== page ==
Main content area

Changes in mineral element content of microgreens cultivated under different lighting conditions in a greenhouse

Brazaityte, A., Vaštakaitė, V., Jankauskienė, J., Samuolienė, G., Sakalauskienė, S., Novičkovas, A., Miliauskienė, J., Duchovskis, P.
Acta horticulturae 2018 no.1227 pp. 507-516
canopy, carbon, crops, dietary minerals, fruit quality, fruit yield, fruiting, greenhouses, leaves, light emitting diodes, microgreens, photoperiod, photosynthesis, plant growth, sodium, spatial distribution, sweet peppers, tomatoes, vegetable growing, winter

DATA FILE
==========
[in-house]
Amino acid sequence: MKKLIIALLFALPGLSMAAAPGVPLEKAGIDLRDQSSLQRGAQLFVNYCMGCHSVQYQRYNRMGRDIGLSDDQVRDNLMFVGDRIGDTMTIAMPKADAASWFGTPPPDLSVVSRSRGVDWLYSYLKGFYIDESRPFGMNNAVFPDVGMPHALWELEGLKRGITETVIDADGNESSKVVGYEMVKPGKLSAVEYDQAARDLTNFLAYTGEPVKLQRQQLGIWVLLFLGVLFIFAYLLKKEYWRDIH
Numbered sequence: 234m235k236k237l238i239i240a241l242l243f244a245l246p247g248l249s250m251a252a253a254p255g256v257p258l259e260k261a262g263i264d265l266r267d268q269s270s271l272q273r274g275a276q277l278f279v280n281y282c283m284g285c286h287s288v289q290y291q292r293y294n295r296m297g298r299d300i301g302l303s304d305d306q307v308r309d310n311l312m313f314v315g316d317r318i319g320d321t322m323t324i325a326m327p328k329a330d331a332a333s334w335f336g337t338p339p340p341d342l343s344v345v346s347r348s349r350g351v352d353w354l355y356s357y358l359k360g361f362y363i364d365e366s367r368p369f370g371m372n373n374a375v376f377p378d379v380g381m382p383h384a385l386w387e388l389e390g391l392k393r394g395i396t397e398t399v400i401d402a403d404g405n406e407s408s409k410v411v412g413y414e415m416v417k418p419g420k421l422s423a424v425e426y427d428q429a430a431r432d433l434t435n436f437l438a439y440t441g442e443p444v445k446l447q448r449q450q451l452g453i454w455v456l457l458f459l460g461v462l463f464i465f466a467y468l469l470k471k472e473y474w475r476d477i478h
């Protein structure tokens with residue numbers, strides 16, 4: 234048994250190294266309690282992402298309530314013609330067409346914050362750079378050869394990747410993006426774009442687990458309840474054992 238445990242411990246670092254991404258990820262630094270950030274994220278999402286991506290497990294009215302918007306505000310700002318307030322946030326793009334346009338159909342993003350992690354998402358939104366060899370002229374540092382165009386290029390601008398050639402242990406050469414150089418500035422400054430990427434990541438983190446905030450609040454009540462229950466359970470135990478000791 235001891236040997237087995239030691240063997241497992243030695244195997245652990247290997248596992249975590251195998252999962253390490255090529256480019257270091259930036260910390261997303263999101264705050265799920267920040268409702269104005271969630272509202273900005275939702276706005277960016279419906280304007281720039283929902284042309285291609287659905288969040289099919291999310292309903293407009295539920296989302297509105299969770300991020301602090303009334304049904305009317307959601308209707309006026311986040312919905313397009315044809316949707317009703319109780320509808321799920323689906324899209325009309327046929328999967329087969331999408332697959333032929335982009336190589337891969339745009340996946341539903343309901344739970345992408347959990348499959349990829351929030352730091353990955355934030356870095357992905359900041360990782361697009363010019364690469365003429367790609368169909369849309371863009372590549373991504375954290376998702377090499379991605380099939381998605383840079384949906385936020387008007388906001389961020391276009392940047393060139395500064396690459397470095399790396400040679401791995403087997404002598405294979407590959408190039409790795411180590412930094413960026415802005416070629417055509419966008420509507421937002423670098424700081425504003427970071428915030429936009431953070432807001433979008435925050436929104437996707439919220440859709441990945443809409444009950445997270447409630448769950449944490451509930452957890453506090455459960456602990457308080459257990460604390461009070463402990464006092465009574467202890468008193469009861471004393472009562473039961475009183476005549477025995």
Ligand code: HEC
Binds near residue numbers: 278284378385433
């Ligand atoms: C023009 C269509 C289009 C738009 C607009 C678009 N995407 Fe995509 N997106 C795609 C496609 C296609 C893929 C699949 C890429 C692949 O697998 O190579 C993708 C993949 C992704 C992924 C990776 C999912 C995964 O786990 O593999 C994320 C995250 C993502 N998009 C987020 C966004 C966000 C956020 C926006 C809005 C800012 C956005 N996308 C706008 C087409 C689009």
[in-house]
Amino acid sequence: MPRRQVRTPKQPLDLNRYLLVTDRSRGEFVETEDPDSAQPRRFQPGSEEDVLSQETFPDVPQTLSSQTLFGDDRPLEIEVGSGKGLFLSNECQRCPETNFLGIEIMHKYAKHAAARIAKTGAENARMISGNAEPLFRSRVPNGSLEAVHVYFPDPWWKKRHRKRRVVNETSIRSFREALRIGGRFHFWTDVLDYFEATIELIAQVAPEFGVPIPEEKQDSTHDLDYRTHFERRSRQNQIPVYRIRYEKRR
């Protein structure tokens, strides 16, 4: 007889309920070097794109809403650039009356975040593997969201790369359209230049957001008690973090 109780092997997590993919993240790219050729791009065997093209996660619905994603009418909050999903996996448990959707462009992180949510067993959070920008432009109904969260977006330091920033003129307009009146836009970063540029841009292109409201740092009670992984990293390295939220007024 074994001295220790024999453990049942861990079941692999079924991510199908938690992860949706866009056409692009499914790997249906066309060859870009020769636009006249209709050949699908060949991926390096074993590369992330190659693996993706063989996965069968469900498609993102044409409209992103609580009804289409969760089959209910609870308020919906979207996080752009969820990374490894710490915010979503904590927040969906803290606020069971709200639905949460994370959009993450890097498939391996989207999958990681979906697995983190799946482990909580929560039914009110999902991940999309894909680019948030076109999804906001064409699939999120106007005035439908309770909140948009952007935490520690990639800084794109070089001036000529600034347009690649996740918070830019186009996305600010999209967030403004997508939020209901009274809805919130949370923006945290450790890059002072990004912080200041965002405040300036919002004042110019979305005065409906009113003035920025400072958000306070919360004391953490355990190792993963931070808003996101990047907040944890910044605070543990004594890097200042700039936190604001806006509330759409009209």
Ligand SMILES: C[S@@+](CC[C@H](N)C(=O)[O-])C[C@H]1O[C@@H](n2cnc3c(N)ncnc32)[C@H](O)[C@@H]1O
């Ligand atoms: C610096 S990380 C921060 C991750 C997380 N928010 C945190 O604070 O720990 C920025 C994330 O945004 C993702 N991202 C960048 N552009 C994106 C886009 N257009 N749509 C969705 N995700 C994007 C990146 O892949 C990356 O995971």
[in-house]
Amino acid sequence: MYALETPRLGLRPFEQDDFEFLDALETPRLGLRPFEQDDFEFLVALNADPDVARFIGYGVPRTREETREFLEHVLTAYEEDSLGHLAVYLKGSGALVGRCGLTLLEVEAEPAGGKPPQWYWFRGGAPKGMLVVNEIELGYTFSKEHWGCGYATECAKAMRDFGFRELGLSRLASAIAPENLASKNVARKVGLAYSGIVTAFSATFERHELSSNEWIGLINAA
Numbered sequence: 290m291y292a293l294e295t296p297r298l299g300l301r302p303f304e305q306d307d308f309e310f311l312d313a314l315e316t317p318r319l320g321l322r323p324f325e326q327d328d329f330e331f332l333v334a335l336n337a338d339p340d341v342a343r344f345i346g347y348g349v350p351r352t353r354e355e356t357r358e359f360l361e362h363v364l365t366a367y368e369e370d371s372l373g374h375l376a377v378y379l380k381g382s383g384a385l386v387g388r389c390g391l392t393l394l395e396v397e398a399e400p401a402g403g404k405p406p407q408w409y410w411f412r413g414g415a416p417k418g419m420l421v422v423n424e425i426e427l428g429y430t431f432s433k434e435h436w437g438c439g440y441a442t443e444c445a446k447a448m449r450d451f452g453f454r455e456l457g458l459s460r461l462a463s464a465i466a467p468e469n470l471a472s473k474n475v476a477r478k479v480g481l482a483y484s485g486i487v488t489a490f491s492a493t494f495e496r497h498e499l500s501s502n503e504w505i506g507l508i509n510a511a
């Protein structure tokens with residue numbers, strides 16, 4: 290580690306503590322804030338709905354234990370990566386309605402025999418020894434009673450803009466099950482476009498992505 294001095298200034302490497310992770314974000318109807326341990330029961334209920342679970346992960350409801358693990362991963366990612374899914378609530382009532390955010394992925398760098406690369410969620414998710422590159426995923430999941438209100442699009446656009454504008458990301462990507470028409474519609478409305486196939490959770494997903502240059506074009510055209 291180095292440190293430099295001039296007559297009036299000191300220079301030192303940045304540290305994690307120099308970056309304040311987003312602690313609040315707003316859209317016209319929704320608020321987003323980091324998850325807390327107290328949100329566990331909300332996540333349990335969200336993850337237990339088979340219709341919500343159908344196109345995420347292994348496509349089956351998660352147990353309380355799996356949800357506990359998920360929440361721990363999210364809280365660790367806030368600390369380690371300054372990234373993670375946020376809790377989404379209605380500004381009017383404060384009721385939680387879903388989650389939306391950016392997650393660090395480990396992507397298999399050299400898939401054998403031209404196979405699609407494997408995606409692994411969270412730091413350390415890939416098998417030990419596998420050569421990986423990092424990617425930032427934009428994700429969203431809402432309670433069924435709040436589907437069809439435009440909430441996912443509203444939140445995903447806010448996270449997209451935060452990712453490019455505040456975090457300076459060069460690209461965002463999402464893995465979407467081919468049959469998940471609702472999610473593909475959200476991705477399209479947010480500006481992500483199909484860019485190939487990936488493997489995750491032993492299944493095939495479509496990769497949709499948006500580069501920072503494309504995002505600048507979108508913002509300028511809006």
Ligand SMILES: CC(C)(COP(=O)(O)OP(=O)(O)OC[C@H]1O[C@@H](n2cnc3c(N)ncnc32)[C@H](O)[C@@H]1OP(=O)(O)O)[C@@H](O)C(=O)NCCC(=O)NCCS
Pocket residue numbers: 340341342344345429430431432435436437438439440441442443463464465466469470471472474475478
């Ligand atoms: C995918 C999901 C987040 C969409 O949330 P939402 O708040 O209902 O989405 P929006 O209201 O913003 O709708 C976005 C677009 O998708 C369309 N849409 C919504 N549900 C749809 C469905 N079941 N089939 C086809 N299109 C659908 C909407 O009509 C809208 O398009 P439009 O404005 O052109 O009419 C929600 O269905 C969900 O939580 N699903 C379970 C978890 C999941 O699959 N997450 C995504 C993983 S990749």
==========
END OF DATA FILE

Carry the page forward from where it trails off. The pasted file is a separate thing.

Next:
Different spectra of light trigger different plant growth processes. Therefore, the optimum light spectrum for various plant physiological and growth processes may be different. For greenhouse fruiting vegetables, such as tomatoes, it is important to optimize light spectrum to promote canopy growth to increase light interception during the early stage of plant growth. Once the plants reach full canopy, the focus should be moved to optimizing vertical light distribution because most greenhouse fruiting vegetables are tall crops and the growth processes along the vertical profile are different; most of the canopy growth occurs in the top and middle canopy while fruit growth occurs in the middle and bottom canopy. Because the fruit, not the leaf, is the economic product, the optimized light spectral composition should enhance leaf carbon export and translocation to fruit to improve fruit yield and quality. Therefore, a research project was initiated in 2013 to identify proper light spectral composition and vertical distribution regimes for greenhouse fruiting vegetable production. Different overhead light sources (high-pressure sodium light with or without far-red light-emitting diode (LED) light, plasma light and different spectral compositions of LEDs) and several intra-canopy spectral compositions provided by LEDs were evaluated over four winters on tomatoes, mini-cucumbers and sweet peppers. The effects of light spectrum on whole-plant net carbon exchange and leaf carbon export using (14)C-isotype tracing were also investigated. The vertical light regimes resulted in significant differences in leaf photosynthetic rate, leaf size, fruit yield and fruit quality in greenhouse tomatoes, mini-cucumbers and sweet peppers. Proper vertical light regimes were identified for hybrid light systems (overhead high intensity discharge light + intra-canopy LEDs) and for pure LED light systems (overhead + intra-canopy LEDs). This review clearly demonstrates that optimized vertical light regimes can be developed for improving both plant growth and fruit yield and quality in year-round greenhouse fruiting vegetable production.